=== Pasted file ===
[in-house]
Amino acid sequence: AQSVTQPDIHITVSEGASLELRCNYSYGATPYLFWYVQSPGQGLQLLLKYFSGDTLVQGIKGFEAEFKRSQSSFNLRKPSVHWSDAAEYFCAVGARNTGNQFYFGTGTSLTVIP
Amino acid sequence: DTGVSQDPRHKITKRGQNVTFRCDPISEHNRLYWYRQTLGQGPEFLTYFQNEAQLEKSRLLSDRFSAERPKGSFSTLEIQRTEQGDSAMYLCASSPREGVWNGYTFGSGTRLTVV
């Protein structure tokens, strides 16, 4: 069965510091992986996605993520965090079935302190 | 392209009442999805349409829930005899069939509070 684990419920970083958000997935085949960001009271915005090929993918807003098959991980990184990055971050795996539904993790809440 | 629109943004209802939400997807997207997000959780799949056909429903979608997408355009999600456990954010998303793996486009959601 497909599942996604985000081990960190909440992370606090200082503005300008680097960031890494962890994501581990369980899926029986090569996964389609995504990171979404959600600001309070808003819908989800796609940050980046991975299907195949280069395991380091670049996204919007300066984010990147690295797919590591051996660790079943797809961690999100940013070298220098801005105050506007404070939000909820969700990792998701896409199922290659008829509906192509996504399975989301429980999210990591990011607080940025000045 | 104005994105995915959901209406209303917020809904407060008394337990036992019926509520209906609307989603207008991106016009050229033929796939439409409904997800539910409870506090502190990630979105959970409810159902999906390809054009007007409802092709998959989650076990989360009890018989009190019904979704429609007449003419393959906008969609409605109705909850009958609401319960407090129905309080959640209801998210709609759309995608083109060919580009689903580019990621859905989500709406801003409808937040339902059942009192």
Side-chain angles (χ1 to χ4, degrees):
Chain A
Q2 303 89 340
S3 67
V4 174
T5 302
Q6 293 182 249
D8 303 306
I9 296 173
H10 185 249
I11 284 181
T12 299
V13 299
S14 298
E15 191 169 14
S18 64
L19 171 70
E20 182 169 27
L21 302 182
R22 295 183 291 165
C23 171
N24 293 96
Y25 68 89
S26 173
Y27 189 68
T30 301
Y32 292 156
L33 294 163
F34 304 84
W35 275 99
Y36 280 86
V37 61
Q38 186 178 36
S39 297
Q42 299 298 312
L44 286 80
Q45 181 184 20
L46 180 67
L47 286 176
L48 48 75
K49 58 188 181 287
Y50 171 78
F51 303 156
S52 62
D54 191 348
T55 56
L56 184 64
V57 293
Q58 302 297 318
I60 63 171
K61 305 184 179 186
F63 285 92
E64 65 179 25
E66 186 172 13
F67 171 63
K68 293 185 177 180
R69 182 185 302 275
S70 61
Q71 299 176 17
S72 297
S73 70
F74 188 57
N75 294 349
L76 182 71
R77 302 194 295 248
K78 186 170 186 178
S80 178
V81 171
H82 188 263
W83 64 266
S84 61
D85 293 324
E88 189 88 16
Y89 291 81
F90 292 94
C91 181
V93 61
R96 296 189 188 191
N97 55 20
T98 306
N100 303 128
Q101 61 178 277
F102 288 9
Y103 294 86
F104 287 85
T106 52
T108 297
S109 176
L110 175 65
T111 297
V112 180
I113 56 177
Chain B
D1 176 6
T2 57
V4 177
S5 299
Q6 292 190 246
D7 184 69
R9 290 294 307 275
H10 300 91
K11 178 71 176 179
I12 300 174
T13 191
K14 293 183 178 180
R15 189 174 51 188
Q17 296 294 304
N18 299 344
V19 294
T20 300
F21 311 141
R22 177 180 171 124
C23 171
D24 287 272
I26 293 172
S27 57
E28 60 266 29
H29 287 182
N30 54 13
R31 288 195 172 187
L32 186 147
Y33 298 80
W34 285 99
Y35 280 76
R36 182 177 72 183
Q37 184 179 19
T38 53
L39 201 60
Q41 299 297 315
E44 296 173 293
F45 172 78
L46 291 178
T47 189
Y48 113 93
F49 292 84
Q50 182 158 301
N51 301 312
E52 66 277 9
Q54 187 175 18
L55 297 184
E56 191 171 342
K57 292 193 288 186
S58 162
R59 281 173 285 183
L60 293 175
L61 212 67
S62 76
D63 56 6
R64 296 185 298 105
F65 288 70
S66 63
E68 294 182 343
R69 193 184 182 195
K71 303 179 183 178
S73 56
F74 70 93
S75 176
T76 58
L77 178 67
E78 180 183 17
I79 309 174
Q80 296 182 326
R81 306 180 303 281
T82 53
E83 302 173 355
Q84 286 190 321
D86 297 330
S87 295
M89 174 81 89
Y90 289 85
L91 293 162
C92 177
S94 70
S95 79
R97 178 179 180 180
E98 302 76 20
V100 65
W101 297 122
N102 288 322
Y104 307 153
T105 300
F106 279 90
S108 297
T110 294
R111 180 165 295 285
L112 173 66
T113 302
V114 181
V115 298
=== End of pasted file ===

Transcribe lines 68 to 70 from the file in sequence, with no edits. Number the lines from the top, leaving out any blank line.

L76 182 71
R77 302 194 295 248
K78 186 170 186 178